When you're returning to Canada from vacation or a business trip, your smartphone is open to inspection, just like a suitcase.
That surprised Quebec's Alain Philippon last week who got charged for refusing to give up his Blackberry password at the airport in Halifax.
David Fraser, a privacy lawyer with McInnes Cooper, said consider deleting anything private from your device before you fly.
"There’s a huge amount of intimate information you might not want to share with anybody. It might be completely lawful, but you don’t want to show it to people," he said.
Fraser says the quality and quantity of information stored on smartphones has changed dramatically in recent years.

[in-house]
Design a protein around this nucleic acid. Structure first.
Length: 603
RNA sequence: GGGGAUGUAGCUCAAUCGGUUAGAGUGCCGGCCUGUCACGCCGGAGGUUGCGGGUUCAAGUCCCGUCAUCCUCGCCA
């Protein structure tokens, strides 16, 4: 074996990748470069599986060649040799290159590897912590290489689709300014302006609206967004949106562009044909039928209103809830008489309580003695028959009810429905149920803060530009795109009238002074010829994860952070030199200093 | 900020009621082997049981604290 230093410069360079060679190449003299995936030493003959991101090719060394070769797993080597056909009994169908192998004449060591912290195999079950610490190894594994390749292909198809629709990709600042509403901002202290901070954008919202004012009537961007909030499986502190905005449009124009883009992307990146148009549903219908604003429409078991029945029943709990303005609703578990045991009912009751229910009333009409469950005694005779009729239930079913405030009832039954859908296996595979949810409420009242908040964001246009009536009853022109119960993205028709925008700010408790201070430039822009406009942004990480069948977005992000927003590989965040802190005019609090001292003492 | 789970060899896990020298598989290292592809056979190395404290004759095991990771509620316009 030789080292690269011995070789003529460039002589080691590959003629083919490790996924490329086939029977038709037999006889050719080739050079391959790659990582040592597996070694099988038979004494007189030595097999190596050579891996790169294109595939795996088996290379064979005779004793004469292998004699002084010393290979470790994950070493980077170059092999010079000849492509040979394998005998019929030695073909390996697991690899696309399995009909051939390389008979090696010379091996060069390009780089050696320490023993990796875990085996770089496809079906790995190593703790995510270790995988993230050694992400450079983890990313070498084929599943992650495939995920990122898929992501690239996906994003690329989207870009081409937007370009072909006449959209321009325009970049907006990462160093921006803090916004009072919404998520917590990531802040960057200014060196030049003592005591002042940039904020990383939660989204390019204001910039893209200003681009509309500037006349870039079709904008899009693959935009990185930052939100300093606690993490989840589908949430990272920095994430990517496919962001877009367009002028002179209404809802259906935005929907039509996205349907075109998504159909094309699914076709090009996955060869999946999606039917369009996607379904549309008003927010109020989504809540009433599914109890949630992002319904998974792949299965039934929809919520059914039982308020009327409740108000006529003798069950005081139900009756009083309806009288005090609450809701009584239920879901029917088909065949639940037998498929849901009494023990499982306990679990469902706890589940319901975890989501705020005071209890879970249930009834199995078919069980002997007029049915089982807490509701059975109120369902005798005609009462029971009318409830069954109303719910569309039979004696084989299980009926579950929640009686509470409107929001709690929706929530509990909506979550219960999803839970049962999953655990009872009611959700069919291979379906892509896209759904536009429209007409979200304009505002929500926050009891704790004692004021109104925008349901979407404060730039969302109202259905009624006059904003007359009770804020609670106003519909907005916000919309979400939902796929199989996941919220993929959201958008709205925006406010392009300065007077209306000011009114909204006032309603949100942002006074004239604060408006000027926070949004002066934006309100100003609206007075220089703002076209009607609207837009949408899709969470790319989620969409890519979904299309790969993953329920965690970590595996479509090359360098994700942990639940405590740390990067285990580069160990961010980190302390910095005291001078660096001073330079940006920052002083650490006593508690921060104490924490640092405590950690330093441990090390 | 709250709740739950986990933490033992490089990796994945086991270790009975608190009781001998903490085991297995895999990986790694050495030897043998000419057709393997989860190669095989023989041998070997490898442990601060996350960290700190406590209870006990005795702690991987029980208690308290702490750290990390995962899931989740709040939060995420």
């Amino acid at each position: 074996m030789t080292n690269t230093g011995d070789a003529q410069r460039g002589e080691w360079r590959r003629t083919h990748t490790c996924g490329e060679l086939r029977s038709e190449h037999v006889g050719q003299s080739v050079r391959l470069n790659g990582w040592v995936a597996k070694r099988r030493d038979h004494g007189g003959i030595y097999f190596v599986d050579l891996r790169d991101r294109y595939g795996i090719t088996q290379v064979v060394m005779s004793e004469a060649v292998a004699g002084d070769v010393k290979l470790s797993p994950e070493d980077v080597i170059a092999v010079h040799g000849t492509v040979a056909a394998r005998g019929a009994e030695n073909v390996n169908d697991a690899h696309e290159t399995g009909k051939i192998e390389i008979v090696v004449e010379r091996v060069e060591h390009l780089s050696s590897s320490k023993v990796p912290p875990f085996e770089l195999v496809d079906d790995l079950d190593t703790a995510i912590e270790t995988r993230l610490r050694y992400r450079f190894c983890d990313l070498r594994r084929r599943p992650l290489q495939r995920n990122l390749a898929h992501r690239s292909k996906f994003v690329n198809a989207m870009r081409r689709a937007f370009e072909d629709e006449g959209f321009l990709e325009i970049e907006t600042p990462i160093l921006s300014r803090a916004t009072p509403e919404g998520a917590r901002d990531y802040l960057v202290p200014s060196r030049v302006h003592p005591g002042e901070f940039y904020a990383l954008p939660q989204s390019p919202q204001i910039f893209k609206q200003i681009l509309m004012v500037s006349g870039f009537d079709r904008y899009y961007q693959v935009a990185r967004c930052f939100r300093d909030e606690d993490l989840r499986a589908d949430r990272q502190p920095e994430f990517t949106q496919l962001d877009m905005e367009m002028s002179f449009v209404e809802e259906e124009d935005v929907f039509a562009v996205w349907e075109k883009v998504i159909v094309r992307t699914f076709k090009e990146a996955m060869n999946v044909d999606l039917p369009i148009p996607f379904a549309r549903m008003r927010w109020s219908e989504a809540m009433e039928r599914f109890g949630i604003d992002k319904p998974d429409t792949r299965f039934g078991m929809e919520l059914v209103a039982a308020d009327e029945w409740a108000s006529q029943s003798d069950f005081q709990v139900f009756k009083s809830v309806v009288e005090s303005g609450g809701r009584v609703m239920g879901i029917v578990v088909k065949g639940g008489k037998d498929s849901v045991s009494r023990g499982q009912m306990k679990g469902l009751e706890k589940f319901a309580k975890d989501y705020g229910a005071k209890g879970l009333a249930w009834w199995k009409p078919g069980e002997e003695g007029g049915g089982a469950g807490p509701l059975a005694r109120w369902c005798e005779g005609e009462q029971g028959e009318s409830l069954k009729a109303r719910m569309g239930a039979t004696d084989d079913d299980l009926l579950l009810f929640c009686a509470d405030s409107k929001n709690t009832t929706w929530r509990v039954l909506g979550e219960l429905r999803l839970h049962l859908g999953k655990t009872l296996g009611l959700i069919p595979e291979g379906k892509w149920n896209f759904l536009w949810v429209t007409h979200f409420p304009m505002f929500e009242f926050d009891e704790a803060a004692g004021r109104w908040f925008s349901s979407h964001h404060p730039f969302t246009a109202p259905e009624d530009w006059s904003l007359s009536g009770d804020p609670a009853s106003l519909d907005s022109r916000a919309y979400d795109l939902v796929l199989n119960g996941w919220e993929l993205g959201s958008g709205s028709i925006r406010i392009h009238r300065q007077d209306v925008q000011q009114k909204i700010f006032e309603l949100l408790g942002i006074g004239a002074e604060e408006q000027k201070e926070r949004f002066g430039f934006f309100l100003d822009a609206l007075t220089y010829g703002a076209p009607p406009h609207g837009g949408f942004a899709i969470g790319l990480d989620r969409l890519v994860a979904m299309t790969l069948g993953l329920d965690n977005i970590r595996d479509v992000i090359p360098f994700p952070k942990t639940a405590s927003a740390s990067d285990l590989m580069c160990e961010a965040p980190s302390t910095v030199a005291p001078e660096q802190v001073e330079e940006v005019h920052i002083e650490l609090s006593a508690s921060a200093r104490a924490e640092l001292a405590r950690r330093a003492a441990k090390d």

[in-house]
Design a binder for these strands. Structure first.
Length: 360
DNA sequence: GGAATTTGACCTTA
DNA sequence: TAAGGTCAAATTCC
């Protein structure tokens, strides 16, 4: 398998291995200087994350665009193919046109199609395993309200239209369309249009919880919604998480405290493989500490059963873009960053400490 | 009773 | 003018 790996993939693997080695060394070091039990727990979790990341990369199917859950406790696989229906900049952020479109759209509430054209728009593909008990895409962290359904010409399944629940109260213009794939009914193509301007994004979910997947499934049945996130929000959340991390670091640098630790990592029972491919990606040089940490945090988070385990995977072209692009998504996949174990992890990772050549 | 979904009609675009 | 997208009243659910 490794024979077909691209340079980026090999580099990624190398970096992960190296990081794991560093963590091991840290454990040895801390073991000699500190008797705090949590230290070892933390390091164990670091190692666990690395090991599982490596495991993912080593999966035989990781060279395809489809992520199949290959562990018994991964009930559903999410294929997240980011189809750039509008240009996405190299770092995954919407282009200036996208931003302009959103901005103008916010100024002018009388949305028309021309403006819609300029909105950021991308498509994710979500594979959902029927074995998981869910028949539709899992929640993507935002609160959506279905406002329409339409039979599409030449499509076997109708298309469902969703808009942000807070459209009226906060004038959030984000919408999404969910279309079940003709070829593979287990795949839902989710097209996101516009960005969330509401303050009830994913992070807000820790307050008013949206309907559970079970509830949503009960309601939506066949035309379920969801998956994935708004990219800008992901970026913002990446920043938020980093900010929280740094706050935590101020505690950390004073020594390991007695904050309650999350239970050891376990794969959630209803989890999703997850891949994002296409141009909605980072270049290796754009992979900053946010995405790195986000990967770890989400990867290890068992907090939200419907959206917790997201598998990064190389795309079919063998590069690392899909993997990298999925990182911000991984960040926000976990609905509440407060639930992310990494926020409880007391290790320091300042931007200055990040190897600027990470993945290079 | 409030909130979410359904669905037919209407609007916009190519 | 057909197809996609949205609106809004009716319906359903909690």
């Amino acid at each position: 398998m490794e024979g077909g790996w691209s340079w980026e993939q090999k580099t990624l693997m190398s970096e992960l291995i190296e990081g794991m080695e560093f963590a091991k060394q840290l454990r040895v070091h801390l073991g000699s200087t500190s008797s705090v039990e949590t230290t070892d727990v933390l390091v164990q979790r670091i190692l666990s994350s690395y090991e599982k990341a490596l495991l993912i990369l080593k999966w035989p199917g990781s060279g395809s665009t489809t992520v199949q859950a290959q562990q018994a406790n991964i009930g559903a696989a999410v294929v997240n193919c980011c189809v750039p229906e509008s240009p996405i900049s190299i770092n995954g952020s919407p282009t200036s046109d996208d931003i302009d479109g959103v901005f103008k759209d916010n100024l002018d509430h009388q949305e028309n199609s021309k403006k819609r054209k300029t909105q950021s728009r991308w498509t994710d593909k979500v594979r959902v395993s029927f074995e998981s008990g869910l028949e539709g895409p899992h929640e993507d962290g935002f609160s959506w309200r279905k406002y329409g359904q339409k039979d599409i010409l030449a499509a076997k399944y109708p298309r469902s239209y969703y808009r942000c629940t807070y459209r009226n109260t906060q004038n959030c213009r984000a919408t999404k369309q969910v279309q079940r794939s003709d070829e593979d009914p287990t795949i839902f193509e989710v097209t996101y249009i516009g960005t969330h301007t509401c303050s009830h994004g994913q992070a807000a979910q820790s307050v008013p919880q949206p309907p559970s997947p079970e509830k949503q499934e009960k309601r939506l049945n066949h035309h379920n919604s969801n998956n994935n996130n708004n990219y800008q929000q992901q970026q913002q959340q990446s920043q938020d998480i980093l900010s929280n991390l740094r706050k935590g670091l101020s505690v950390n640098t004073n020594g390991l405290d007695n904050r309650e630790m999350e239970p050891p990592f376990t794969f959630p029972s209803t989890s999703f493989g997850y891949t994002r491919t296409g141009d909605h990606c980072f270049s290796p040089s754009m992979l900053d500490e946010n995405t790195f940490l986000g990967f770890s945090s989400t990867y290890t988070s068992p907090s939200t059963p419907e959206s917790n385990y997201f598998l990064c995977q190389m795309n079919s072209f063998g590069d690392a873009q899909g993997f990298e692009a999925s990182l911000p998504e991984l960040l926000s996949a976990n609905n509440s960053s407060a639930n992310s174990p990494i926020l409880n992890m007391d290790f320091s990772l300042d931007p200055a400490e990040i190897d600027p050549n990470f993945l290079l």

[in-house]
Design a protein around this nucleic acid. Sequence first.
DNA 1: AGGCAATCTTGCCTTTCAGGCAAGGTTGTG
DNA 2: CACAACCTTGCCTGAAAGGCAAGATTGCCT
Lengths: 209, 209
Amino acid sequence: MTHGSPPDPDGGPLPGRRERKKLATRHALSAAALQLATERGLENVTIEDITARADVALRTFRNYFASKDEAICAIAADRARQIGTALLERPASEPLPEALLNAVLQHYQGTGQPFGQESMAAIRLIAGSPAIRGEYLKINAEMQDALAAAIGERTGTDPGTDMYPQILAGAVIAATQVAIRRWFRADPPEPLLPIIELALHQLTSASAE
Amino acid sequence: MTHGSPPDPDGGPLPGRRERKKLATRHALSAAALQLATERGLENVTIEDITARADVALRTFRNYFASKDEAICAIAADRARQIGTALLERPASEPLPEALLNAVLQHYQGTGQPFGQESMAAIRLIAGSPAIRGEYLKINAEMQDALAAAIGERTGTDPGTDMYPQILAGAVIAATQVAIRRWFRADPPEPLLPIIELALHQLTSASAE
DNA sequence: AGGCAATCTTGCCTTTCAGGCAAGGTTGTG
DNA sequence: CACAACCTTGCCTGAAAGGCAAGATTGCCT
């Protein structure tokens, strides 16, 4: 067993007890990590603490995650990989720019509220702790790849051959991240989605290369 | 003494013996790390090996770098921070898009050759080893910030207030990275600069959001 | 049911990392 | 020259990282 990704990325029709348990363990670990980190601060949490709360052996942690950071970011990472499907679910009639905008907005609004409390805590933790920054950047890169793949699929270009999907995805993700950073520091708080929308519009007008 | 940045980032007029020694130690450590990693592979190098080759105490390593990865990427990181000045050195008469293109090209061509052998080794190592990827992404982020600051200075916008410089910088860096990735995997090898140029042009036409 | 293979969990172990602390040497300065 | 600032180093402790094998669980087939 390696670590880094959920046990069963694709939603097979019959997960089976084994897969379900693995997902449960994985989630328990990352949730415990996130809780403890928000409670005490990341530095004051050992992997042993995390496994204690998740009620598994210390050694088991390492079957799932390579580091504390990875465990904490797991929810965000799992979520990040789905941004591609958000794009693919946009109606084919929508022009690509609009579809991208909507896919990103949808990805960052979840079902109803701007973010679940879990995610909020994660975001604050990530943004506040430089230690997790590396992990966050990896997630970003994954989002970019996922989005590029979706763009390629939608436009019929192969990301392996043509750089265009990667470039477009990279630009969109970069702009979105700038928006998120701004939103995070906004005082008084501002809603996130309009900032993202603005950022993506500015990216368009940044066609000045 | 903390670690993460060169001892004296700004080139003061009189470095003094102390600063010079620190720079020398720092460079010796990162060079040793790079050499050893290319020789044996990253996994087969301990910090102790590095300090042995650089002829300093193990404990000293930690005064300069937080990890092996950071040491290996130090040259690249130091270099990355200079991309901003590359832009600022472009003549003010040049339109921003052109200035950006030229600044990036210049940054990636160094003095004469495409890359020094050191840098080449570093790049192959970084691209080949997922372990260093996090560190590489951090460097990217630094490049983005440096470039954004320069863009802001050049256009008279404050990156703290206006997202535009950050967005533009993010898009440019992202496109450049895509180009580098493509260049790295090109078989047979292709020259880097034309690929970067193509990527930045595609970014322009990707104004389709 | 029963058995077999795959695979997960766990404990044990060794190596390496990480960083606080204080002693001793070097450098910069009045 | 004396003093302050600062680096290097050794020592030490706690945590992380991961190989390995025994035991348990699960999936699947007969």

It’s unclear if border officers can check banking and email apps, which themselves are password protected.
"I don't think they do, but it's one of those issues that will be argued over for the next little while," Fraser said.
Fraser says if you deal with private records professionally, it's best to wipe your devices clean before you hit customs.
"Under Nova Scotia law, if you’re a public servant, or a contractor for a public body, you can’t allow personal information outside of Canada," he said. "You should be very mindful of what you’re travelling with."